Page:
Tuesday, January 13, 2015

My Year with Spurgeon #2

Going Home: A Christmas Sermon
Charles Spurgeon
“Go home to thy friends, and tell them how great things the Lord hath done for thee, And hath had compassion on thee. — Mark 5:19.
Love those who are knit to you by ties of nature.
Now, here is Christmas-day come round again, and they are going home to see their friends. When they get home they will want a Christmas Carol in the evening; I think I will suggest one to them — more especially to such of them as have been lately converted I will give them a theme for their discourse on Christmas evening; it may not be-quite so amusing as “The Wreck of the Golden Mary,” but it will be quite as interesting to Christian people. It shall be this: “Go home and tell your friends what the Lord hath done for your souls, and how he hath had compassion on you.” For my part, I wish there were twenty Christmas days in the year. It is seldom that young men can meet with their friends; it is rarely they can all be united as happy families; and though I have no respect to the religious observance of the day, yet I love it as a family institution, as one of England’s brightest days, the great Sabbath of the year, when the plough rests in its furrow, when the din of business is hushed, when the mechanic and the working man go out to refresh themselves upon the green sward of the glad earth.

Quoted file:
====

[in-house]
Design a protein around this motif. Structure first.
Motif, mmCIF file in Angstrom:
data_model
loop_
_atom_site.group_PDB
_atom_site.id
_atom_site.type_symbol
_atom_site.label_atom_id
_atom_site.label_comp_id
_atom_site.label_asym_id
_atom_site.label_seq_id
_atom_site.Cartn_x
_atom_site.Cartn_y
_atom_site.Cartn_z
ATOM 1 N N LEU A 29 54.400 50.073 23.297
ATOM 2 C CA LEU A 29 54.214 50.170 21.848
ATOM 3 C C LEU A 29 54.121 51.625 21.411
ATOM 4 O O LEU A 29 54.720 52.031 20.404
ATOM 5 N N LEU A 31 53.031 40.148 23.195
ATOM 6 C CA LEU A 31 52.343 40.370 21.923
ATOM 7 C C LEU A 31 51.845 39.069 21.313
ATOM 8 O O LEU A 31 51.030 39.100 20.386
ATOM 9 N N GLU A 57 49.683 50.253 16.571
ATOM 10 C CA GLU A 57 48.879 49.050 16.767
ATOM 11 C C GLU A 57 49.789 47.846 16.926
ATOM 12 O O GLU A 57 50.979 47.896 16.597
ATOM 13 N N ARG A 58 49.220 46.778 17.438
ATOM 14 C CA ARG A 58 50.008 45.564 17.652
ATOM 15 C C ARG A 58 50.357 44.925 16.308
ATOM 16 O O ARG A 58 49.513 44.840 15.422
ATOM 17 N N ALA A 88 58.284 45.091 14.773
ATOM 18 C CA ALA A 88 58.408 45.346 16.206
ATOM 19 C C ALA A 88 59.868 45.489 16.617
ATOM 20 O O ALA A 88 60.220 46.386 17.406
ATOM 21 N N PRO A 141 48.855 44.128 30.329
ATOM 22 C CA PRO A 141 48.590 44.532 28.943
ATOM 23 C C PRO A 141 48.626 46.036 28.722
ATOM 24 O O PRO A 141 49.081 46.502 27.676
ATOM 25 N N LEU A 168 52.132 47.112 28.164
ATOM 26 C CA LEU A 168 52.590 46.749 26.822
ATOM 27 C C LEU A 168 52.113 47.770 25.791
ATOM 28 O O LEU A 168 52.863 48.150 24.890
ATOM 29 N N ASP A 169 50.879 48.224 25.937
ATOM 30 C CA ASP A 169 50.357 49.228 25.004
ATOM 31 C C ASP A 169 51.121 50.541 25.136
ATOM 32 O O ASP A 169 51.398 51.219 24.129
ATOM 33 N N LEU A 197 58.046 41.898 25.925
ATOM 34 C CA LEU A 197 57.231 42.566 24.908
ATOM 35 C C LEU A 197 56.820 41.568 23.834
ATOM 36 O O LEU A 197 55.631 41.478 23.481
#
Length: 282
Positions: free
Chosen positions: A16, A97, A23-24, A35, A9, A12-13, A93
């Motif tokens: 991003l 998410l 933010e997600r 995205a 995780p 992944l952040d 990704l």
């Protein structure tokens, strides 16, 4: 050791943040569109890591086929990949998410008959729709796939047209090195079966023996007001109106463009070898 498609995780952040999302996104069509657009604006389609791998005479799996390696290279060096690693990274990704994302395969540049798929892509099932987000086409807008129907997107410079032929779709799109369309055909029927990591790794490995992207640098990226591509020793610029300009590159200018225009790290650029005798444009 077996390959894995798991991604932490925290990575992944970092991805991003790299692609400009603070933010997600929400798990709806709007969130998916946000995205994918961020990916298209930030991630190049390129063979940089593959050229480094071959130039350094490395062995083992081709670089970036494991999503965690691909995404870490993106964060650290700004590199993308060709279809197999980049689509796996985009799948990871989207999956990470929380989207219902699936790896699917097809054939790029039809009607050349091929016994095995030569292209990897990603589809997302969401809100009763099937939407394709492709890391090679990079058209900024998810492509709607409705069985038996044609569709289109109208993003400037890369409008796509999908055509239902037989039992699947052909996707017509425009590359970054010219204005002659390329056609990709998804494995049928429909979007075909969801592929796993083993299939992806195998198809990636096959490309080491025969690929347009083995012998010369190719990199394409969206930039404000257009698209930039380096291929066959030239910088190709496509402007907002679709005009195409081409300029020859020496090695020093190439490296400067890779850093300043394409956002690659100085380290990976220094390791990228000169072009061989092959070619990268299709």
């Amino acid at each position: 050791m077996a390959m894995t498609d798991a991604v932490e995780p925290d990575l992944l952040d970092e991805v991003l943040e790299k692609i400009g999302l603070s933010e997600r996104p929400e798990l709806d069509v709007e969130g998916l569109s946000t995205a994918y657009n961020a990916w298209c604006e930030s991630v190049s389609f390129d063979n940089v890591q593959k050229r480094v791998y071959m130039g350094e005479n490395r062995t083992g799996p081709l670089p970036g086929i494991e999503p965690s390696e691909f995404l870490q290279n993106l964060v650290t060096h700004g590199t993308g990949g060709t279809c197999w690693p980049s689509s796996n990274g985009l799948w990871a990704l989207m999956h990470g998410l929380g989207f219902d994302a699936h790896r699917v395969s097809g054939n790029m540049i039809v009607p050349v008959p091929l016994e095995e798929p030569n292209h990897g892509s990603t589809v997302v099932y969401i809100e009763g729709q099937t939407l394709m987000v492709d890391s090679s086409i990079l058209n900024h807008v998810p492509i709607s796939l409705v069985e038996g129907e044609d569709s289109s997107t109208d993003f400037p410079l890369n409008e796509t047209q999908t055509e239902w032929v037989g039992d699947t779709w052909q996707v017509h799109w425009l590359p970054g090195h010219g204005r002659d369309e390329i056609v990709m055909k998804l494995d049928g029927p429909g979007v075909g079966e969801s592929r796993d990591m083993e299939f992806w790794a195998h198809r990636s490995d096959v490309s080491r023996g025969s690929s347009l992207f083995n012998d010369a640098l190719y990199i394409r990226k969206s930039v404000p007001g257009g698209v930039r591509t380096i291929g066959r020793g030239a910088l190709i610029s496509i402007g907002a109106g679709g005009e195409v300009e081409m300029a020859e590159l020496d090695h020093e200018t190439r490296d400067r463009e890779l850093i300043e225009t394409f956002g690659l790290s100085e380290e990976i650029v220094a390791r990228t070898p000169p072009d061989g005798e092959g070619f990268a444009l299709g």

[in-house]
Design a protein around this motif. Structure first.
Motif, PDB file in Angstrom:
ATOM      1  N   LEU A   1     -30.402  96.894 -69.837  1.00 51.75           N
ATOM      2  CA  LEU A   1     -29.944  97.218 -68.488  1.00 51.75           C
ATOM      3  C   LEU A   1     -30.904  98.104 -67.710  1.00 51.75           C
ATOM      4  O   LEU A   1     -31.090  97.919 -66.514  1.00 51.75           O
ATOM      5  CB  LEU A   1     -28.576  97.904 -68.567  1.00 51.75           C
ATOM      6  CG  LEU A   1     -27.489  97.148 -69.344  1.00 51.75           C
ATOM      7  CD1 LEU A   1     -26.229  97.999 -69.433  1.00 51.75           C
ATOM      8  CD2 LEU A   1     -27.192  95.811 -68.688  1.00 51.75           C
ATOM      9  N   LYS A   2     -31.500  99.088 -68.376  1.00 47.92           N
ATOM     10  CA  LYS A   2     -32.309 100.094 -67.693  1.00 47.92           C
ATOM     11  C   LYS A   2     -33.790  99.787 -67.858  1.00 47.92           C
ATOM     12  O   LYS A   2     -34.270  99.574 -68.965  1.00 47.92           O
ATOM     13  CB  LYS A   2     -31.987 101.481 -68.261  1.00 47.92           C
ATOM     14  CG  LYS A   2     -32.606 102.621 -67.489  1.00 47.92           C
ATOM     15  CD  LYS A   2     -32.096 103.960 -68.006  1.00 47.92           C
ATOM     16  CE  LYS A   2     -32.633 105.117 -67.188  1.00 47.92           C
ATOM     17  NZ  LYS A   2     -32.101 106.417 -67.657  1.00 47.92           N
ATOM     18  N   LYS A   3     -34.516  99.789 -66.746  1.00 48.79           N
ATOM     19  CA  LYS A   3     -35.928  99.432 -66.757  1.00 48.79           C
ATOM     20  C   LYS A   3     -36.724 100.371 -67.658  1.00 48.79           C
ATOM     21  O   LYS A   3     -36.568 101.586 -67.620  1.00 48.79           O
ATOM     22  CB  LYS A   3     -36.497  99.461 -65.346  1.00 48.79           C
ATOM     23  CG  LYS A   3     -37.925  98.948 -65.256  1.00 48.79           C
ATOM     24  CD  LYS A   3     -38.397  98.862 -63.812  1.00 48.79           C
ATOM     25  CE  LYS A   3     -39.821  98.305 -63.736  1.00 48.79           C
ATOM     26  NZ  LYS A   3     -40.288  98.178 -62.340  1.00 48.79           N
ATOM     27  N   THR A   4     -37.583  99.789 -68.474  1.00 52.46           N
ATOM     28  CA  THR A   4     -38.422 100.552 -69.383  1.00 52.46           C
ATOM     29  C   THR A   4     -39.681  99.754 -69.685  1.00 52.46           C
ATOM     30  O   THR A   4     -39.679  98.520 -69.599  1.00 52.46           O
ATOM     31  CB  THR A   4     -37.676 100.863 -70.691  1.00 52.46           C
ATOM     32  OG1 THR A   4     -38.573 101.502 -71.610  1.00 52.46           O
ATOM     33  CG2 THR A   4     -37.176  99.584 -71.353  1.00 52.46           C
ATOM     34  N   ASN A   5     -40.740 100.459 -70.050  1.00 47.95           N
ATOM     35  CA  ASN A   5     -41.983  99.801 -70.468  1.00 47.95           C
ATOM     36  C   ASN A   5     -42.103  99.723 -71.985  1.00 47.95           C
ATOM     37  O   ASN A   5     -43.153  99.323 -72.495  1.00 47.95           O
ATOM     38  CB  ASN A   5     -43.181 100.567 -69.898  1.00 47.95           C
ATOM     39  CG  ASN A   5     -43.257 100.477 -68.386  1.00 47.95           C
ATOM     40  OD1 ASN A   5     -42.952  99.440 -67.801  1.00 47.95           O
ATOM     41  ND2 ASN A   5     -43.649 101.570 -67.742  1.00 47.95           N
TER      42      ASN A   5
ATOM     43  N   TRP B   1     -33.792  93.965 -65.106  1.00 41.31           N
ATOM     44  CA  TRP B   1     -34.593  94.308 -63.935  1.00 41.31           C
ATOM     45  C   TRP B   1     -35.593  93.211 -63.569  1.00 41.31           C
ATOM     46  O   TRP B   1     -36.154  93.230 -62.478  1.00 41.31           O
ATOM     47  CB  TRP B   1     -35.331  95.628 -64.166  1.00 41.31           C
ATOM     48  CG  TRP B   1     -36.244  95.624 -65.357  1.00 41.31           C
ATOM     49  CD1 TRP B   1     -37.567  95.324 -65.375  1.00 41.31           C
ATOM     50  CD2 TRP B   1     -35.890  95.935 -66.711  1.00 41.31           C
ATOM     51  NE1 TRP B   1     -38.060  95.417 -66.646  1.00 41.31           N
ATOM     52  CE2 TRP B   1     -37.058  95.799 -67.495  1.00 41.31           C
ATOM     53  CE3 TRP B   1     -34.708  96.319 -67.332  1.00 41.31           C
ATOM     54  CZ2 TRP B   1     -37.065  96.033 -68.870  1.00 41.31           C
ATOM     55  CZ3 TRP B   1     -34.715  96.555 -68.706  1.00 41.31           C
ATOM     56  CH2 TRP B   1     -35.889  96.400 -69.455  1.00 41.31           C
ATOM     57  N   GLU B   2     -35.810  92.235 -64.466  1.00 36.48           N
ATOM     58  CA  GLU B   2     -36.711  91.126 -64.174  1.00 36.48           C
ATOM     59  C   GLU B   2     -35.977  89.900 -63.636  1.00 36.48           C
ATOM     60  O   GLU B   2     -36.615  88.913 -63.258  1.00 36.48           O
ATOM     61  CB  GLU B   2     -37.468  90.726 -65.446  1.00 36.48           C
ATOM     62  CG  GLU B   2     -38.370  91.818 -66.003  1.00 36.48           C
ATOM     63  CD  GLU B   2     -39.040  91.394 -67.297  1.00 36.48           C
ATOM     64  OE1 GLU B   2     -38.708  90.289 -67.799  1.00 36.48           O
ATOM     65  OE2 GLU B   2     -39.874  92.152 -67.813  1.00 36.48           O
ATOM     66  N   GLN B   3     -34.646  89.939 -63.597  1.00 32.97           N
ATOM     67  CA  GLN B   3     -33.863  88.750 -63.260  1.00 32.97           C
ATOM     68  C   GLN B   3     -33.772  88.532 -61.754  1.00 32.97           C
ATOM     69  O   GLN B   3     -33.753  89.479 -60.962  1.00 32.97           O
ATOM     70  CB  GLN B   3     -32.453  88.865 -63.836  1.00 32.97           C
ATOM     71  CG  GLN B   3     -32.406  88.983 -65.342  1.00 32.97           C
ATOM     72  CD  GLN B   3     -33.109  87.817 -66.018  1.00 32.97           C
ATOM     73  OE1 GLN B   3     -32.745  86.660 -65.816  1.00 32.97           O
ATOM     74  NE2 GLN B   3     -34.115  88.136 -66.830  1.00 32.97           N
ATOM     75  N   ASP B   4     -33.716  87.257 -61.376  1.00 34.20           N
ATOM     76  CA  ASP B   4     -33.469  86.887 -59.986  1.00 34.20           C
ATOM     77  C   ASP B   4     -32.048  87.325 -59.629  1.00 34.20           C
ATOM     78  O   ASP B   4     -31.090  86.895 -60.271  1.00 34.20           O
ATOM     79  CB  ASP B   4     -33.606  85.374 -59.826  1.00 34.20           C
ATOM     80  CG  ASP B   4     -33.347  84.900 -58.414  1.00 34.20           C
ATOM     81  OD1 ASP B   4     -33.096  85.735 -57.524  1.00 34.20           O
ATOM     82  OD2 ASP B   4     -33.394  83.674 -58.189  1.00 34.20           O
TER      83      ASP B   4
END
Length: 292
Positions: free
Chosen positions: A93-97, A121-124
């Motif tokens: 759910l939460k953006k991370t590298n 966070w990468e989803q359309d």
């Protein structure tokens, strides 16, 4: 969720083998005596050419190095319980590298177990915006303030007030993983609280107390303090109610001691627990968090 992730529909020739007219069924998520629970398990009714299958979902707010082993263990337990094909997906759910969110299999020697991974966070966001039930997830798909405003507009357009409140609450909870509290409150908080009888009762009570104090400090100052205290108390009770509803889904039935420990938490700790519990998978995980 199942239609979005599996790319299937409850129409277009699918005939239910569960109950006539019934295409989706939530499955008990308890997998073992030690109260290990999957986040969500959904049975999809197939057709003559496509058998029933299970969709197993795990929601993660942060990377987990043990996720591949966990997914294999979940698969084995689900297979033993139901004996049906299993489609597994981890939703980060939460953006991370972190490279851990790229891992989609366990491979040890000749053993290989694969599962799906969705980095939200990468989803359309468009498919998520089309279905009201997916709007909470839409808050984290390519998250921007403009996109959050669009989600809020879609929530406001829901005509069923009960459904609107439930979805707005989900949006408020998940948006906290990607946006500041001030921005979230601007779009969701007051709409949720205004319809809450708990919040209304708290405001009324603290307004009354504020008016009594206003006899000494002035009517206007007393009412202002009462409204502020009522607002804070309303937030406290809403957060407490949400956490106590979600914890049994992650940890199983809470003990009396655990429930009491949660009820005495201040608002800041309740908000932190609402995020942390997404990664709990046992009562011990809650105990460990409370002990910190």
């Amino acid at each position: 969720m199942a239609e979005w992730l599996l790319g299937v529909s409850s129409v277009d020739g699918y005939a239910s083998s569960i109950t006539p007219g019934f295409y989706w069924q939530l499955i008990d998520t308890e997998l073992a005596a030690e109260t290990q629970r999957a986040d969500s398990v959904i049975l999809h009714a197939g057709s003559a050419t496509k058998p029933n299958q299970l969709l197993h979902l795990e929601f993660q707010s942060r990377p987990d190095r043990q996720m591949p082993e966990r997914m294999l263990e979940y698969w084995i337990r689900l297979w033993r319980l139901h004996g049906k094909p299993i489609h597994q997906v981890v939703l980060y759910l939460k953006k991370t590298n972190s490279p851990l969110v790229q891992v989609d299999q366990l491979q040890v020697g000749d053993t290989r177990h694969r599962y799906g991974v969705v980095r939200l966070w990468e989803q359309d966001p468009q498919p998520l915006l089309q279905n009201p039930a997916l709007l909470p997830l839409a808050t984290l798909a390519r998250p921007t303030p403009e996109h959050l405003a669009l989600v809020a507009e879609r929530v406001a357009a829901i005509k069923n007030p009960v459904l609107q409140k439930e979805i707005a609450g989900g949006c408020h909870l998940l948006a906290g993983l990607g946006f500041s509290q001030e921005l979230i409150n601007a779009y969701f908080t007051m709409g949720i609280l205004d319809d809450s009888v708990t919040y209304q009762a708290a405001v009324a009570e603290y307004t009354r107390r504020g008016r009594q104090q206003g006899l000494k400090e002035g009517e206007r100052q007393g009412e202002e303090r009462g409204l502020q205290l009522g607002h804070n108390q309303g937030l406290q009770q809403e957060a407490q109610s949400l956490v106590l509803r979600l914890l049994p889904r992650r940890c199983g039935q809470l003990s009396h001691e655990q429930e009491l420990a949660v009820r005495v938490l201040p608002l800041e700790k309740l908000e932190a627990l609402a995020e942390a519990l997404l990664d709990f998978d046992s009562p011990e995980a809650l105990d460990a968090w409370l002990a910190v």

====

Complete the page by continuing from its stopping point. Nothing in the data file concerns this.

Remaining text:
“Go home to thy friends, and tell them how great things the Lord hath done for thee, and hath had compassion on thee.” First, here is what they are to tell; then, secondly, why they are to tell it; and then thirdly, how they ought to tell it.